For the research-based companies, CSR is a fully integrated element of strategy and operations. Such companies undertake several activities related to healthcare, and thus there is a scope of an effective CSR in all the initiatives related to R&D including drug development and supply chain, clinical trials, etc.

For example, undertaking clinical trials is integral to the development of a new medicine. However, conducting clinical trials for chronic diseases such as HIV/AIDS presents an ethical challenge as life-long treatment is required. In low and middle income countries, it would be irresponsible for any company to sponsor an HIV/AIDS trial and allow patients to be initiated on to therapy, without assurance of continued supply of that drug following the study-end. Thus, company undertaking such trials should take the responsibility of life-long treatment of the patients undergoing such trials.

Further, access to healthcare is a global issue that needs to be addressed immediately and a lot of onus is on the pharma companies to take an initiative to address this issue. Some critical diseases like HIV/AIDS currently affect an estimated 40 million people worldwide and two thirds of these are in countries of sub-Saharan Africa. For a region facing innumerable societal challenges – inadequate health services, lack of infrastructure, a shortage of skilled healthcare workers, to name a few – it is no wonder that the global HIV/AIDS community calls for free drugs and for companies and individuals to donate funds as immediate fixes to such a pandemic problem.

In one such initiative, Roche’s technology transfer programme few years back enabled it to share its technical expertise with local generic manufacturers in the least developed countries and sub-Saharan Africa. Roche provides eligible manufacturers with on the-ground technical guidance to support the production of saquinavir, a Roche HIV medicine. Through this initiative, the company is helping to strengthen and expand manufacturing capabilities and capacities across Africa to begin to produce their own medicines in the future.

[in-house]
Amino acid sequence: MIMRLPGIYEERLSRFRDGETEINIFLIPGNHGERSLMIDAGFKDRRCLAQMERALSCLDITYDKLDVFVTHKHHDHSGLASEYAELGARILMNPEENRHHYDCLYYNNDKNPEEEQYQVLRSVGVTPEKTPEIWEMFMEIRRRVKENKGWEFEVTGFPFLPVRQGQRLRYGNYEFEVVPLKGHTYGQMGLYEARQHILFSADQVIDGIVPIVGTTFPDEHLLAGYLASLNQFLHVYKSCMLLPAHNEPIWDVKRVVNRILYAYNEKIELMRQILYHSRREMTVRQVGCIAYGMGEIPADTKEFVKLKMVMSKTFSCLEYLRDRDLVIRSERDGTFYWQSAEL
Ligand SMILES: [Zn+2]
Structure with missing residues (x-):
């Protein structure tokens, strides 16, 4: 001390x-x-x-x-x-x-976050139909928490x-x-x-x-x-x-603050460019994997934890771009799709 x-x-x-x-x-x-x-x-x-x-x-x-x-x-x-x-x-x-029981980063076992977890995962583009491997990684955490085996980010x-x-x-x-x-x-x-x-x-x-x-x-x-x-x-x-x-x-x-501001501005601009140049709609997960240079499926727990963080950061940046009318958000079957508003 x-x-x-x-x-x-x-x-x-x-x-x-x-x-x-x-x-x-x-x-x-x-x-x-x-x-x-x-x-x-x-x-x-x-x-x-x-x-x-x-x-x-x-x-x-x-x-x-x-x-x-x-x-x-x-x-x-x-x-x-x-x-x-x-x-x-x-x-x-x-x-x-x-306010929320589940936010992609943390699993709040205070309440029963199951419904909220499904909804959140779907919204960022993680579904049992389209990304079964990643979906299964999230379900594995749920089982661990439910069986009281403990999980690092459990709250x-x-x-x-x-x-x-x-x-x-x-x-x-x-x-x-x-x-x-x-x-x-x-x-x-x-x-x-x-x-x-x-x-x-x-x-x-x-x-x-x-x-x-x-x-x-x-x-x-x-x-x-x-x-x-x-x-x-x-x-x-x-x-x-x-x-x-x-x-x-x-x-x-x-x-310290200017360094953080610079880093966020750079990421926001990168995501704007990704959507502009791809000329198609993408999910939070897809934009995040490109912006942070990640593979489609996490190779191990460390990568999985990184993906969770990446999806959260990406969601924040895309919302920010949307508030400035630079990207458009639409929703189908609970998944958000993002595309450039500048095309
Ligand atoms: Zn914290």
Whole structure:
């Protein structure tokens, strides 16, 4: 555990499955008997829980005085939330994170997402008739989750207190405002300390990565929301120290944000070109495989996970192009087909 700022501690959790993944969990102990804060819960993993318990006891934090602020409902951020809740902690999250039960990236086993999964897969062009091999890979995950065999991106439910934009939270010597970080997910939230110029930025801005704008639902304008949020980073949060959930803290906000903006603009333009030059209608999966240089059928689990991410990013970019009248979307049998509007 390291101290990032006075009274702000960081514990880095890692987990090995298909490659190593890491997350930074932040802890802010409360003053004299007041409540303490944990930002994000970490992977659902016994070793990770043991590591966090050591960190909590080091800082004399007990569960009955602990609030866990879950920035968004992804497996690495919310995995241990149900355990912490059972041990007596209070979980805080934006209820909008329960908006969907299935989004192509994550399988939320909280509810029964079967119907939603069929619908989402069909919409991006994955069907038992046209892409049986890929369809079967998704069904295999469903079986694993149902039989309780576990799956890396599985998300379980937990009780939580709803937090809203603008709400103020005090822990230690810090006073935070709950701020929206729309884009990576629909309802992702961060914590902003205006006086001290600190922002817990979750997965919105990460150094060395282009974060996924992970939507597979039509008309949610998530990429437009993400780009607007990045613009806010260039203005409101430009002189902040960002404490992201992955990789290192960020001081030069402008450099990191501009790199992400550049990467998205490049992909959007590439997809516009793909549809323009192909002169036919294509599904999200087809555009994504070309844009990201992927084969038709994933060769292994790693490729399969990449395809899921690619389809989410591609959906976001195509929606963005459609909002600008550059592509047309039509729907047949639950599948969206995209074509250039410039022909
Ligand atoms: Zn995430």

Employee engagement for developing CSR

For developing effective CSR strategies one needs to first understand the local scenario and analyse the trends witnessed. One needs to identify key challenges, which can be addressed effectively through CSR. Aligning corporate values, offerings and brand strategies is important for developing CSR strategies. Another important aspect for successful CSR is employee engagement.

Involving employees right from the beginning is advisable. Role of employees should not be merely limited to execution, but their inputs should be valued and can be incorporated right from the brainstorming session that determines areas that need to be prioritised to the roadmap that needs to be followed. This helps in inculcating pride in employees for the company, and making them more sensitised participants while contributing towards the CSR objectives of the company.


To conclude, one can say that there is a need for pharma companies to have focused CSR initiatives for social development and economic growth of the country. Pharma companies need to contribute towards society by involving themselves in activities in the field of healthcare, education, and other environmental and civic initiatives, and should try to delineate these activities from business. CSR is a good initiative to drive growth and empower people but it should be driven by ground realities. Pharma and healthcare companies need to look beyond conventional approach to develop effective CSR.